National Priorities Project examines the new budget proposal for the Department of Defense.
By Bill French
On March 4, the Obama Administration released its fiscal year 2015 budget request. The administration is seeking a $495.6 billion budget for the Department of Defense, not including war funding or nuclear weapons activities at the Department of Energy. The Pentagon’s request for fiscal year 2015 complies with the budget caps imposed by the Budget Control Act of 2011 (BCA) as modified by the Ryan-Murray Bipartisan Budget Act of 2013 (BBA). However, the President’s budget would nonetheless exceed these caps for the Pentagon by $26 billion as a result of a separate request called the “Opportunity, Growth and Security Initiative.” Moreover, the Defense Department’s spending plans for FY2016-2019 submitted with this year’s budget would collectively exceed the spending caps during those years by a total of $115 billion.
NOTE: All funding figures are in nominal dollars unless otherwise noted – i.e., they are not adjusted for inflation.
Top Line Funding
The Obama Administration is requesting $495.6 billion for the Department of Defense in fiscal year 2015, which begins on Oct. 1, 2014.
The FY2015 budget proposal also includes a separate request, entitled the “Opportunity, Growth and Security Initiative” (OGS), that would add $26.4 billion to Pentagon spending in FY2015. If OGS were to be approved, the Department of Defense would see a 5 percent increase in its topline budget compared to last year. DoD intends to use the additional funds primarily to invest in readiness, accelerate procurement of major weapon systems and military construction to improve facilities.
In addition to $495.6 billion for the DoD base budget, and $26.4 billion for OGS, the recent budget request also includes funding for nuclear weapons, military assistance to foreign militaries, and wars overseas. Excluding war funding, the budget contains $549 billion for military programs. Once projected war costs are included, the new 2015 budget proposal would spend a total of $648 billion on all military programs.
Funding for Overseas Contingency Operations (OCO)
The budget does not include a detailed request for military operations in Iraq and Afghanistan. According to the Office of Management and Budget, “the Budget includes a place-holder for DOD’s 2015 Overseas Contingency Operations (OCO) funding equivalent to the amount provided in the President’s 2014 Budget.” The president’s FY2014 budget request for OCO was $79.4 billion, though the final amount of war funding appropriated for 2014 totaled $92.3 billion.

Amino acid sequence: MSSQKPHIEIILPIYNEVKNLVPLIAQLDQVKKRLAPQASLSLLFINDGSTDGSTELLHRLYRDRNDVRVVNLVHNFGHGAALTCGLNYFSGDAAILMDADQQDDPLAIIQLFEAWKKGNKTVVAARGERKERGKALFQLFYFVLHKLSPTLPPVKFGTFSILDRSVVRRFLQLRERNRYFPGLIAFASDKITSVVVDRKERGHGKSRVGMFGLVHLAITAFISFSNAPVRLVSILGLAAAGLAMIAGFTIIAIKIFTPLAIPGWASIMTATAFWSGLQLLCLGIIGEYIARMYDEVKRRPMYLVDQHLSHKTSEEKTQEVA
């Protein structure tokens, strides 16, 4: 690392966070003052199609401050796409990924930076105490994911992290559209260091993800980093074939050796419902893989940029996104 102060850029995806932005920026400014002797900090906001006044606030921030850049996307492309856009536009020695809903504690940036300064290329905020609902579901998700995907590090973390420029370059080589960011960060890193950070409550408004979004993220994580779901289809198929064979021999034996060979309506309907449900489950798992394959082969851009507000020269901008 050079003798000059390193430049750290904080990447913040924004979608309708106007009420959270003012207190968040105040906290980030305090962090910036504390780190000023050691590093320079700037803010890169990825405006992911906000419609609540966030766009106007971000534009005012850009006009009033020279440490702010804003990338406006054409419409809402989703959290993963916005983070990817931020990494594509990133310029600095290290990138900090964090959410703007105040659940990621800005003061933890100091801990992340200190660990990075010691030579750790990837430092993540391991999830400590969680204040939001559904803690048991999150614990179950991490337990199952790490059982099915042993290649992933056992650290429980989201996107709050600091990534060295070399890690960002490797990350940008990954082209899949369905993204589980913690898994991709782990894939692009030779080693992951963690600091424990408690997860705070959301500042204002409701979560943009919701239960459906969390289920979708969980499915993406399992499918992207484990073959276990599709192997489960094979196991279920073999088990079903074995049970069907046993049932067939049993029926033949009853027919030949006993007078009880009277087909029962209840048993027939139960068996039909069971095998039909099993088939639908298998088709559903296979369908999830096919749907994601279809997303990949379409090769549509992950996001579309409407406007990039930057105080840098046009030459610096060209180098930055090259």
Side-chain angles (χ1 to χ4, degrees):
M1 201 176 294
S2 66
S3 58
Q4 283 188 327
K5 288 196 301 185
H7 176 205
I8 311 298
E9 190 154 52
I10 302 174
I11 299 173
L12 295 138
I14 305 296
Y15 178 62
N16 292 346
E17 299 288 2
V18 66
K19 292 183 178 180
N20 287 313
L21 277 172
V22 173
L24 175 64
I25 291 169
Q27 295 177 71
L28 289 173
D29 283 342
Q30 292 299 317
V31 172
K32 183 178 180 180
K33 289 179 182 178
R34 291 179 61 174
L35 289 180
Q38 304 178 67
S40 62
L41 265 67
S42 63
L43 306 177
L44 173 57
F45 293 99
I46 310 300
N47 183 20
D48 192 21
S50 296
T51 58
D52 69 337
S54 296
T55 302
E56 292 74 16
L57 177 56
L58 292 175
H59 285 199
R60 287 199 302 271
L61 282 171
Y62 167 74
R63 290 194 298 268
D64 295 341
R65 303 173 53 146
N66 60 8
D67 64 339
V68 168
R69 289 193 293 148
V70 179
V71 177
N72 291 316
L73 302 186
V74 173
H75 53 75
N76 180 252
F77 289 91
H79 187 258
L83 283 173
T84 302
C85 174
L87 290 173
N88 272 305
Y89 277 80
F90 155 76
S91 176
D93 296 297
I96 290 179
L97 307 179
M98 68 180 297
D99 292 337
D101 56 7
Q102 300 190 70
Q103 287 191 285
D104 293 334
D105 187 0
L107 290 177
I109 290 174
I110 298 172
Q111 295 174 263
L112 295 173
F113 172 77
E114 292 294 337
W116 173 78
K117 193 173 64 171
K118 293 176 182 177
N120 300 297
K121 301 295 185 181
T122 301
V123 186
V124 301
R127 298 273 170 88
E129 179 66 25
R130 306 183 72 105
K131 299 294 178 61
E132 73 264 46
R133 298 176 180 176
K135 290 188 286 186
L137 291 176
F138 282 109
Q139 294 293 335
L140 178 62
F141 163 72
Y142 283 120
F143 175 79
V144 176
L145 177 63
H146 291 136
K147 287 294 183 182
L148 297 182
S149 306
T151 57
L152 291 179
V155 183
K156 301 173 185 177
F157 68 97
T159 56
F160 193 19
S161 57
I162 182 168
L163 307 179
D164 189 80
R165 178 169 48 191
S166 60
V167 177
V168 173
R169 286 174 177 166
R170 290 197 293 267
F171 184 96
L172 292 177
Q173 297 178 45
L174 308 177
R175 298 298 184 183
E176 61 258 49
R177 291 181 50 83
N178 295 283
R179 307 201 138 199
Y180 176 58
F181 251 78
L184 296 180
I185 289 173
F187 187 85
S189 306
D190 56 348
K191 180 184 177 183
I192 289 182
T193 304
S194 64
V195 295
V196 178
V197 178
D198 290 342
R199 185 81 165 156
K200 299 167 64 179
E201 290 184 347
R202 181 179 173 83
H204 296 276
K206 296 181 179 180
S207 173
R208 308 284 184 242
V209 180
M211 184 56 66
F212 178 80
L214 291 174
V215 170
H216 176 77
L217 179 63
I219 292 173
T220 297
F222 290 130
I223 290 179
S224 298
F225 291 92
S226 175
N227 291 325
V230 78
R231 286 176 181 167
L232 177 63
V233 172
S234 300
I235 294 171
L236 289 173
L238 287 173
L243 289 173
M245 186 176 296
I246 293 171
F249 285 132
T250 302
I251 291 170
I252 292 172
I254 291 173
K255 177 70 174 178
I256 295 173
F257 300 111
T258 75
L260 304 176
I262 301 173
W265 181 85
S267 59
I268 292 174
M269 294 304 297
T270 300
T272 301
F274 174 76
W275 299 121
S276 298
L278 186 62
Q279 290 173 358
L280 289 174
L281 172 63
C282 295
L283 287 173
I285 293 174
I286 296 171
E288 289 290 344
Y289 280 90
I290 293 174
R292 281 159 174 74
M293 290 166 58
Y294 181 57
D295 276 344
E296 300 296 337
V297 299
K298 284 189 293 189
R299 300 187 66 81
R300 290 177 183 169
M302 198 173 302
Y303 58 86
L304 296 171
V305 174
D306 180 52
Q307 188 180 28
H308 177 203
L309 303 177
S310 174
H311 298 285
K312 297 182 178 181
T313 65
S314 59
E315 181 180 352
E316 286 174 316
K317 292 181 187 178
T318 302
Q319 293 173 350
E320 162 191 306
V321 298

Since 2001, this country has spent $1.57 trillion on the wars in Iraq and Afghanistan. See the running total of money spent on the wars at Cost of National Security.
The Pentagon is requesting a new round of base closures to occur in 2017. The last round of base closures occurred in 2005.
The administration is requesting $8.2 billion for missile defense, down roughly $500 million from the enacted levels in FY2014. This total does not include an additional $770 million for the SBIRS-High satellite.
The request includes $22 billion for ship building and maritime systems, of which $7.4 billion is for surface combatant construction and $7.7 billion is for submarine combatant construction. The budget request includes funding for two DDG-51 destroyers, three Littoral Combat Ships and two “Virginia” class submarines. The budget also provides $2.1 billion to continue construction of the USS Gerald R. Ford, the first in a new class of nuclear aircraft carriers, and nearly $1.3 billion for the development of the next generation ballistic missile submarine program intended to replace the current “Ohio” class submarine.
The request includes $40 billion for aircraft and related systems, of which $13.8 billion is for combat aircraft, $8.2 billion is for cargo aircraft, and $2.4 billion is for Unmanned Aerial Vehicles. The request provides $8.3 billion for the F-35 Joint Strike Fighter program (including the procurement of 29 aircraft), $1.5 billion for V-22 “Osprey” tilt-rotor aircraft, $2.4 billion for the KC-46 airborne tanker aircraft, and $1.4 billion for C-130J Cargo aircraft. Twelve MQ-9 “Reaper” and nineteen MQ-1 “Predator” Unmanned Aerial Vehicles were also requested in the budget.
The FY2015 proposal includes $176.6 billion for military pay and benefits. The Department of Defense seeks a 1 percent pay increase for personnel, with the exception of General Officers and Flag Officers for whom DOD is requesting a pay freeze. The request would also reduce the share of housing costs paid for by DOD through Basic Allowance for Housing (BAH) to 95 percent. The budget includes $47.4 billion for the Military Health System.
Department of Energy Activities
The request includes $8.31 billion for the nuclear weapons activities of the Department of Energy (DoE), a nearly 7 percent increase compared to enacted FY2014 levels, It also contains $1.55 billion for DoE’s nuclear nonproliferation work, a decrease of more than 20 percent, and $5.32 billion for Defense Environmental Cleanup (up 6.6 percent). In total, the request includes $17.7 billion for the nuclear weapons-related activities of the Department of Energy, a 4.6 percent increase.
Projected Pentagon Base Budget
(in billions of nominal dollars)